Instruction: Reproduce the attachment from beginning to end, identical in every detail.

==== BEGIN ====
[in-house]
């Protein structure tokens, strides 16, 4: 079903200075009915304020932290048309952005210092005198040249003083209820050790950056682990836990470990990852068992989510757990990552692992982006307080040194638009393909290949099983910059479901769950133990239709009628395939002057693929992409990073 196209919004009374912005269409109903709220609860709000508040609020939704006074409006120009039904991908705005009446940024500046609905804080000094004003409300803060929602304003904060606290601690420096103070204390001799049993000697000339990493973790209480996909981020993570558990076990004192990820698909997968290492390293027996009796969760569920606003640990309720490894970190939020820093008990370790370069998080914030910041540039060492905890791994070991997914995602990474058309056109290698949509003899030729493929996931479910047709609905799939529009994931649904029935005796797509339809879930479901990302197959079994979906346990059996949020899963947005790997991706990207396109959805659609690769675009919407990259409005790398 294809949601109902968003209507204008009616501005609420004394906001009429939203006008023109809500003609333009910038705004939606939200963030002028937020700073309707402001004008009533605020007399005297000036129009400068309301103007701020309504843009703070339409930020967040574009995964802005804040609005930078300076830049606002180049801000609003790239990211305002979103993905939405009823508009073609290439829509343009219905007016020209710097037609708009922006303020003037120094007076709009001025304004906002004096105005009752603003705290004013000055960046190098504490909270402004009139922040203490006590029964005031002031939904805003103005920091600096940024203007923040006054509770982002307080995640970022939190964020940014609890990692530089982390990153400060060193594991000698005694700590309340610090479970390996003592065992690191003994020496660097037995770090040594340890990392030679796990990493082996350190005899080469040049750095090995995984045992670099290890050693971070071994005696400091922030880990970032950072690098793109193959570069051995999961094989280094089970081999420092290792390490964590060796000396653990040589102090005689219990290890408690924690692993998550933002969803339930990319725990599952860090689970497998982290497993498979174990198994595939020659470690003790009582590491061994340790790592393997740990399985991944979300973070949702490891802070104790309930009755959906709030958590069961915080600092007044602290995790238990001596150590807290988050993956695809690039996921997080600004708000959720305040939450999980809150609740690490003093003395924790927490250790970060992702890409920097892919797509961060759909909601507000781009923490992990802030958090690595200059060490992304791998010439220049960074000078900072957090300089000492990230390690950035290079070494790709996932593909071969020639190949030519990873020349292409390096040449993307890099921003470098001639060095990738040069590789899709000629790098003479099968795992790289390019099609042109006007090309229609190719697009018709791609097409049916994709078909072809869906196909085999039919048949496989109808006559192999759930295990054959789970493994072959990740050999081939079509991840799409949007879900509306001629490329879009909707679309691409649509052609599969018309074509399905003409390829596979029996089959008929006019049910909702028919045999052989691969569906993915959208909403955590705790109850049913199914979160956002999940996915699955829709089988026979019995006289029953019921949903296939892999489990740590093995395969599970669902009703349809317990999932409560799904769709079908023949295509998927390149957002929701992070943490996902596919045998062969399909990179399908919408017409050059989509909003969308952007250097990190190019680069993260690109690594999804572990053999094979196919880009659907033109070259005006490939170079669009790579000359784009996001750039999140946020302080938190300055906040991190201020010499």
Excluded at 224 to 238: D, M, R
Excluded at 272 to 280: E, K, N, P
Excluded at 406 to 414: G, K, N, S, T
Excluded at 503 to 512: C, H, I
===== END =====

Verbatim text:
[in-house]
């Protein structure tokens, strides 16, 4: 079903200075009915304020932290048309952005210092005198040249003083209820050790950056682990836990470990990852068992989510757990990552692992982006307080040194638009393909290949099983910059479901769950133990239709009628395939002057693929992409990073 196209919004009374912005269409109903709220609860709000508040609020939704006074409006120009039904991908705005009446940024500046609905804080000094004003409300803060929602304003904060606290601690420096103070204390001799049993000697000339990493973790209480996909981020993570558990076990004192990820698909997968290492390293027996009796969760569920606003640990309720490894970190939020820093008990370790370069998080914030910041540039060492905890791994070991997914995602990474058309056109290698949509003899030729493929996931479910047709609905799939529009994931649904029935005796797509339809879930479901990302197959079994979906346990059996949020899963947005790997991706990207396109959805659609690769675009919407990259409005790398 294809949601109902968003209507204008009616501005609420004394906001009429939203006008023109809500003609333009910038705004939606939200963030002028937020700073309707402001004008009533605020007399005297000036129009400068309301103007701020309504843009703070339409930020967040574009995964802005804040609005930078300076830049606002180049801000609003790239990211305002979103993905939405009823508009073609290439829509343009219905007016020209710097037609708009922006303020003037120094007076709009001025304004906002004096105005009752603003705290004013000055960046190098504490909270402004009139922040203490006590029964005031002031939904805003103005920091600096940024203007923040006054509770982002307080995640970022939190964020940014609890990692530089982390990153400060060193594991000698005694700590309340610090479970390996003592065992690191003994020496660097037995770090040594340890990392030679796990990493082996350190005899080469040049750095090995995984045992670099290890050693971070071994005696400091922030880990970032950072690098793109193959570069051995999961094989280094089970081999420092290792390490964590060796000396653990040589102090005689219990290890408690924690692993998550933002969803339930990319725990599952860090689970497998982290497993498979174990198994595939020659470690003790009582590491061994340790790592393997740990399985991944979300973070949702490891802070104790309930009755959906709030958590069961915080600092007044602290995790238990001596150590807290988050993956695809690039996921997080600004708000959720305040939450999980809150609740690490003093003395924790927490250790970060992702890409920097892919797509961060759909909601507000781009923490992990802030958090690595200059060490992304791998010439220049960074000078900072957090300089000492990230390690950035290079070494790709996932593909071969020639190949030519990873020349292409390096040449993307890099921003470098001639060095990738040069590789899709000629790098003479099968795992790289390019099609042109006007090309229609190719697009018709791609097409049916994709078909072809869906196909085999039919048949496989109808006559192999759930295990054959789970493994072959990740050999081939079509991840799409949007879900509306001629490329879009909707679309691409649509052609599969018309074509399905003409390829596979029996089959008929006019049910909702028919045999052989691969569906993915959208909403955590705790109850049913199914979160956002999940996915699955829709089988026979019995006289029953019921949903296939892999489990740590093995395969599970669902009703349809317990999932409560799904769709079908023949295509998927390149957002929701992070943490996902596919045998062969399909990179399908919408017409050059989509909003969308952007250097990190190019680069993260690109690594999804572990053999094979196919880009659907033109070259005006490939170079669009790579000359784009996001750039999140946020302080938190300055906040991190201020010499």
Excluded at 224 to 238: D, M, R
Excluded at 272 to 280: E, K, N, P
Excluded at 406 to 414: G, K, N, S, T
Excluded at 503 to 512: C, H, I